Dog owners face £500 fines over misunderstood dog collar law

Pet experts are warning owners that their dog's collars may be incorrectly labelled – potentially leading to a fine of £500. While many may assume that a name and phone number are sufficient when engraving the tag, more information is required to adhere to the Control of Dogs Order 1992.

Under the legislation, which is law in England and Scotland, dog owners are instructed that their four-legged friend must be wearing a tag with their owner’s name and ADDRESS on it (including a POSTCODE).

Telephone numbers can be useful too, should your dog wander off and/or get lost on a stroll, for anyone who finds them to get in contact. If a pet is not wearing a collar and tag, there is a real risk of dog theft by more callous strangers. The crime is sadly on the rise, with 2,290 pups stolen last year according to police figures.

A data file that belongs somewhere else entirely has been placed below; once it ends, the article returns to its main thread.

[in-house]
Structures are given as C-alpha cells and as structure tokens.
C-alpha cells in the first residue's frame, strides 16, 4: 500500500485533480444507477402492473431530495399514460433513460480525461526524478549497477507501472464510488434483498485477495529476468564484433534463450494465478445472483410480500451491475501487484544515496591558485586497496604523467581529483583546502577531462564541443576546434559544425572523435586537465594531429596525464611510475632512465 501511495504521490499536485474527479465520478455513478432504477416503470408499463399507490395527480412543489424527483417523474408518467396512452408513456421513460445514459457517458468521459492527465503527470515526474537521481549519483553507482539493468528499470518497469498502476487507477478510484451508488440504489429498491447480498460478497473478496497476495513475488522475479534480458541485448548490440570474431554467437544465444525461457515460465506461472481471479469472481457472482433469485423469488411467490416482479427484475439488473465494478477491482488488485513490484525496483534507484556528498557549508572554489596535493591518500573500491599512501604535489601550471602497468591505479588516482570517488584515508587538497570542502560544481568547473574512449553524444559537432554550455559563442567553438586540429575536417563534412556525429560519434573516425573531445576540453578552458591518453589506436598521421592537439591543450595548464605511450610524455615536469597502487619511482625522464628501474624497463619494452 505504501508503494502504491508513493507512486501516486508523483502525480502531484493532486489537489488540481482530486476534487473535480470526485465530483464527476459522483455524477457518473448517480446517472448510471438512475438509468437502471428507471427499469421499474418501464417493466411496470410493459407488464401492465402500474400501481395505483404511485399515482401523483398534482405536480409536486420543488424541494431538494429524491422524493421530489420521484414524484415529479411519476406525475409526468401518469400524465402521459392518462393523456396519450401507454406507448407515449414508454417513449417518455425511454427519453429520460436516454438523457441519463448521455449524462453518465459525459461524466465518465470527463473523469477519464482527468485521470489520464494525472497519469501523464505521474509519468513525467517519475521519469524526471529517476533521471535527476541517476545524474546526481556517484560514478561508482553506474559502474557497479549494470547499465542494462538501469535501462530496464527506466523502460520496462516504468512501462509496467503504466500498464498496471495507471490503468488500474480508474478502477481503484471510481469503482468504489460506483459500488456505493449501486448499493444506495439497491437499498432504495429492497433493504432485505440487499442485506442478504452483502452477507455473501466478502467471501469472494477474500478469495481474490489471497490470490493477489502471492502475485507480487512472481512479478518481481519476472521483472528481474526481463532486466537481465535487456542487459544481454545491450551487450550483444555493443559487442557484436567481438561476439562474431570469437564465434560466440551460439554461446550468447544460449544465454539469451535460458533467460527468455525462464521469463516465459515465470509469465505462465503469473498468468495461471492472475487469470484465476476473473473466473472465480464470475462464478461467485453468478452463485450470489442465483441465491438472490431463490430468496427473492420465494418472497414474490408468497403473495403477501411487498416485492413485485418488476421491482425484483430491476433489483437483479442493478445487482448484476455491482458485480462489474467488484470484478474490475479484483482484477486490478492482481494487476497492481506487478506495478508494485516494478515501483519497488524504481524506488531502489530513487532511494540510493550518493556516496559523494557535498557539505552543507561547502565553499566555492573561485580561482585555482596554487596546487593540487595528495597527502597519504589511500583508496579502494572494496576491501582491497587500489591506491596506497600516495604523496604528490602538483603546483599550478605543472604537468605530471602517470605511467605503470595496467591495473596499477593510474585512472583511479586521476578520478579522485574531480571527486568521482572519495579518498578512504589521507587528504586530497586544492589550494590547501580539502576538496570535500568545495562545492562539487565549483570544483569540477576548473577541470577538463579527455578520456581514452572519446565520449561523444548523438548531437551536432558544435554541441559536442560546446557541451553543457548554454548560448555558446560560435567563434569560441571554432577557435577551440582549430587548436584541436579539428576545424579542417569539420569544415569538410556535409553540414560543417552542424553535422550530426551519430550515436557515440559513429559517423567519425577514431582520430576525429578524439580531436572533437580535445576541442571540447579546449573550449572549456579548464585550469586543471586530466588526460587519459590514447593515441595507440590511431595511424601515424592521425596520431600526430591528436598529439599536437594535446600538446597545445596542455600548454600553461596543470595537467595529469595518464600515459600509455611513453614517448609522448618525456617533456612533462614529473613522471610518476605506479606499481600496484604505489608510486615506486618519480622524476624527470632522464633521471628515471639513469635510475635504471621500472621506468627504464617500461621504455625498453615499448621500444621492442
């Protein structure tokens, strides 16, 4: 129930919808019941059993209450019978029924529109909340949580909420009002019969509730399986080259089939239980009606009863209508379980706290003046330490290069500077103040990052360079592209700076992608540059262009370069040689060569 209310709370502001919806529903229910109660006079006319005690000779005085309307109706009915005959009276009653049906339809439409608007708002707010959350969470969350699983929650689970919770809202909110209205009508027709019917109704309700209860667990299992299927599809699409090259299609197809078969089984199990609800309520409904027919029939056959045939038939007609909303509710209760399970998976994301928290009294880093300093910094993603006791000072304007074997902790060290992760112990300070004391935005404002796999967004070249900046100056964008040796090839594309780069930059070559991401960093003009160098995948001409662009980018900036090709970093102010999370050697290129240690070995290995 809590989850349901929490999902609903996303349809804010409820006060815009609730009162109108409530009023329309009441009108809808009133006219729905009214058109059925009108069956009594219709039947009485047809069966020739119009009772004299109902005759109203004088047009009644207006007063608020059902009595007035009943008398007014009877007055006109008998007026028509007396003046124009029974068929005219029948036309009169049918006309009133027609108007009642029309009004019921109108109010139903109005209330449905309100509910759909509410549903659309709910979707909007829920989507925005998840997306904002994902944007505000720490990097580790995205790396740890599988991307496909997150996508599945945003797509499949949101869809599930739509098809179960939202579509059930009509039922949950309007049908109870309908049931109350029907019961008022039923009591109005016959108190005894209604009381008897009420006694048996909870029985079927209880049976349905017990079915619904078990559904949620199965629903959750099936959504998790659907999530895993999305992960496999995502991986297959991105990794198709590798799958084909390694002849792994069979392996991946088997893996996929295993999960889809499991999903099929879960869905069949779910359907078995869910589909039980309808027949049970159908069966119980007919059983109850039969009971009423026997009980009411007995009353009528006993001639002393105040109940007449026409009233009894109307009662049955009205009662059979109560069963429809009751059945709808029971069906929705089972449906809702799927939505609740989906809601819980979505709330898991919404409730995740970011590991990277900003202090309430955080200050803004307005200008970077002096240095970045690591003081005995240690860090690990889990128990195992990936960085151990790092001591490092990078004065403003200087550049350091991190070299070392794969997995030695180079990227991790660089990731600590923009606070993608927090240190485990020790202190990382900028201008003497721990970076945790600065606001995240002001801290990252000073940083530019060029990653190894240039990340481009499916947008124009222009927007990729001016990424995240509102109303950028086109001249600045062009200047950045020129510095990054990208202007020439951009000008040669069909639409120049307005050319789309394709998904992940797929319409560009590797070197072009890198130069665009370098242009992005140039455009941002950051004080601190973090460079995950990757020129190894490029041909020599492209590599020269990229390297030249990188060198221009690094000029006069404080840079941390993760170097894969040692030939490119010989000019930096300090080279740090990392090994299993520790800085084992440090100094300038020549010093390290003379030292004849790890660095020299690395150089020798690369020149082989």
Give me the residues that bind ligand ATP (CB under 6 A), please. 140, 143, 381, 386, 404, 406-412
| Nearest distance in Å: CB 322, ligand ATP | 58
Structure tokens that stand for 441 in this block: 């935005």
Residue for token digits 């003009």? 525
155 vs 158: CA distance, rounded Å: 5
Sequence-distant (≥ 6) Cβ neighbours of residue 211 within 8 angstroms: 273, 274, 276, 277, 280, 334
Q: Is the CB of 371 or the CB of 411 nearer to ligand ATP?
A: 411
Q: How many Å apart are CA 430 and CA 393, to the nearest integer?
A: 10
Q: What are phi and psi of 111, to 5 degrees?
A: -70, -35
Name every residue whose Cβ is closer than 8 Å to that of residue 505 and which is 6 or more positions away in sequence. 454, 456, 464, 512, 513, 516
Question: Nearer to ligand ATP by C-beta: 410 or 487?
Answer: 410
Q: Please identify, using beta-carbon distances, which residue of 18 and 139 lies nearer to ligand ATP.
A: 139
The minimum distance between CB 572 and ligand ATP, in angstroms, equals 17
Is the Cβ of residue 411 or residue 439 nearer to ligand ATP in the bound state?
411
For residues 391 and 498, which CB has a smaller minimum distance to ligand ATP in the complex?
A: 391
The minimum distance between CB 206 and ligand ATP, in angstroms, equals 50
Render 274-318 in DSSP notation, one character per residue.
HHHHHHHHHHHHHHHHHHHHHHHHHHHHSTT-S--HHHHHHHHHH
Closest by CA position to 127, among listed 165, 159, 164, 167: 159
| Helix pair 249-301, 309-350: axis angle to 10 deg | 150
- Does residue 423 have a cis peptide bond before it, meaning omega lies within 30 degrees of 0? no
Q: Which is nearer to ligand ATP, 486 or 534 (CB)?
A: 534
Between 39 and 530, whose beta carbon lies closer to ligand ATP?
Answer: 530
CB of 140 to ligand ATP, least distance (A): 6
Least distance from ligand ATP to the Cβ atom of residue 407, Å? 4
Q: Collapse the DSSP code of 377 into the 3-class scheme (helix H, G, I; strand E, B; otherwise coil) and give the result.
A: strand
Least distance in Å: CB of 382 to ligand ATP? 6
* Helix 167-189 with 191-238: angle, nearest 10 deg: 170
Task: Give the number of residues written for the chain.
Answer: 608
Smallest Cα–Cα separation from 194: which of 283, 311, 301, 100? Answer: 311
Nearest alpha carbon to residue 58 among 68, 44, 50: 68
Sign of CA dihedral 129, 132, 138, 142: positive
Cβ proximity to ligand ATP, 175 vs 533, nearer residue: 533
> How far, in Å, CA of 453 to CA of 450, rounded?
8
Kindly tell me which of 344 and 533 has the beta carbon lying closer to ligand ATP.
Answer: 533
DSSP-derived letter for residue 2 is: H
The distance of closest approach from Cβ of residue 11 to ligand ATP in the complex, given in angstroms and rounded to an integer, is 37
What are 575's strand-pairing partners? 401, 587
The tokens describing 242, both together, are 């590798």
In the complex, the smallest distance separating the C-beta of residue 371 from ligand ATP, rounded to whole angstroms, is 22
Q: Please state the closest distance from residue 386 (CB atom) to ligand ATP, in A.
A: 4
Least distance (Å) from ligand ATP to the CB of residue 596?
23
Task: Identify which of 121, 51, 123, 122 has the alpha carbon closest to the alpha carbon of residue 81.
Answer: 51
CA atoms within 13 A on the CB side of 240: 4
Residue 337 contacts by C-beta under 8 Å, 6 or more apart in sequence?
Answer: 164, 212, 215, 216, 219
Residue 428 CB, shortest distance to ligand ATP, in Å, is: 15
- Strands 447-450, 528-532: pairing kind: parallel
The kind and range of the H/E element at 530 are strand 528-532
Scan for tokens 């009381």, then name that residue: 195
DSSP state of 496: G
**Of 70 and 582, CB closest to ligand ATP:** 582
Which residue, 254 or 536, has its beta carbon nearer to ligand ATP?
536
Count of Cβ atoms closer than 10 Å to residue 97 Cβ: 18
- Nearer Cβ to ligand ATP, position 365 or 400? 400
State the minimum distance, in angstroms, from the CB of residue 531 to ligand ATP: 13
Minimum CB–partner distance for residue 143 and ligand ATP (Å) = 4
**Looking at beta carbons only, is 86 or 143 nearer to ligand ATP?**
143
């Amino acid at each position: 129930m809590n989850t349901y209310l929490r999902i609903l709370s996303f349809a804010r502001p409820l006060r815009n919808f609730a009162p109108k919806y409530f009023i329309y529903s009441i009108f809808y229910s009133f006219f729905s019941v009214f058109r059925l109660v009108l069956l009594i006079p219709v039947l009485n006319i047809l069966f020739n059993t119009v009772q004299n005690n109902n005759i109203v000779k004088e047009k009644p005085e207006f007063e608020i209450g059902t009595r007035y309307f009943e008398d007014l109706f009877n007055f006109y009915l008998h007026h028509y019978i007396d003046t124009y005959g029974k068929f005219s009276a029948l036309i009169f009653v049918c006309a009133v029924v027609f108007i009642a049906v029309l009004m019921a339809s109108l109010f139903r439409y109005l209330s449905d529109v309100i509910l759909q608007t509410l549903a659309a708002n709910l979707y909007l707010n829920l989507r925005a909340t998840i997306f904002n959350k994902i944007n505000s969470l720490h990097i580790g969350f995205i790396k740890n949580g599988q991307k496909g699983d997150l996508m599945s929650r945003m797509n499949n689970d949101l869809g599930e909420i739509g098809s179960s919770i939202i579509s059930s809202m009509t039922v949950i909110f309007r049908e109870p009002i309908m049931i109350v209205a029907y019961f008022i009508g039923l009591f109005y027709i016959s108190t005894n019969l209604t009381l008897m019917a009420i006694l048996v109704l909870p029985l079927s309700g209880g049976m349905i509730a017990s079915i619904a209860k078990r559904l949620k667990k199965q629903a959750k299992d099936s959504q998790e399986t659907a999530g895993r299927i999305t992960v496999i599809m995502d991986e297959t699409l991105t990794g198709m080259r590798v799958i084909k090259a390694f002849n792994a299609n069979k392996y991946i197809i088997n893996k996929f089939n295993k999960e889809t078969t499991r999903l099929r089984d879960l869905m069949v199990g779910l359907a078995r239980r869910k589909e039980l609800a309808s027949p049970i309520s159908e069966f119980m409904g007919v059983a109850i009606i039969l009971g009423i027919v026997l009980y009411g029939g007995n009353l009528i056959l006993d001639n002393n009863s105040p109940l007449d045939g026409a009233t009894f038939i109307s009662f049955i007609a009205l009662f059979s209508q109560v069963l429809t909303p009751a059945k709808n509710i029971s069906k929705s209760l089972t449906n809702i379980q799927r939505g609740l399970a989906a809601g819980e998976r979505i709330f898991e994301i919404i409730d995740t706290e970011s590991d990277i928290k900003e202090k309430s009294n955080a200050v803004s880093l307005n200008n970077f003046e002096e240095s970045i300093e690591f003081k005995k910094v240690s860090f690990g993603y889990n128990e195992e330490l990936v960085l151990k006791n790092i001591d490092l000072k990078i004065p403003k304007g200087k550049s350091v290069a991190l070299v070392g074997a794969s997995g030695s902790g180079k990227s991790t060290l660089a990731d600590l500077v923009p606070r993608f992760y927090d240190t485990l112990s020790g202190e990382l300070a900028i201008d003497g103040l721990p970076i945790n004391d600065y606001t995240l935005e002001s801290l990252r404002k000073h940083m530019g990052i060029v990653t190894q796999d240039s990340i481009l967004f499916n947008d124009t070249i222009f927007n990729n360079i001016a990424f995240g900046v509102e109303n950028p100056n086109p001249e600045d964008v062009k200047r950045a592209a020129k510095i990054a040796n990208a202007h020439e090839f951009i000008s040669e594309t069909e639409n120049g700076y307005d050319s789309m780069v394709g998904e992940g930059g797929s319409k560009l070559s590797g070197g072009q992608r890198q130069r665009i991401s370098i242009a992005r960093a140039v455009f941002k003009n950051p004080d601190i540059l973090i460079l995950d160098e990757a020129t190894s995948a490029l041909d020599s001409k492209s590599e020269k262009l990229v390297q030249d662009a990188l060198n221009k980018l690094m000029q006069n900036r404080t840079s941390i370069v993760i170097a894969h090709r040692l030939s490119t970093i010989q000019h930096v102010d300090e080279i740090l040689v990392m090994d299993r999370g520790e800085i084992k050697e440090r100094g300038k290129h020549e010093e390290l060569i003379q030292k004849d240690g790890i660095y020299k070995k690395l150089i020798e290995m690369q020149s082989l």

Owners should be wary of the second type of identification dogs need when in public places, too – microchipping. Details of the owner of every dog must be registered with an authorised database, and puppies should be microchipped by the breeder before going to their first home. Breaking the Microchipping of Dogs Regulations law carries a £500 fine with the potential for criminal prosecution.

A spokesperson for at dog food brand Harringtons said: “Some owners may consider a name and telephone number sufficient for a dog’s tag – owners may even believe microchipping removes the need for an ID tag. However, the law clearly states that their collar MUST have a tag detailing the owner’s name and address when out in public on dog walks.

“Not only is this required to adhere to the Control of Dogs Order 1992, but it makes it far easier for someone to return your dog to you should they get lost!”

It comes as Harringtons has created a complete guide to dog walking with details on the UK’s most popular pet-friendly parks, the optimum distance for much-loved breeds plus when – and how much – to feed your pup.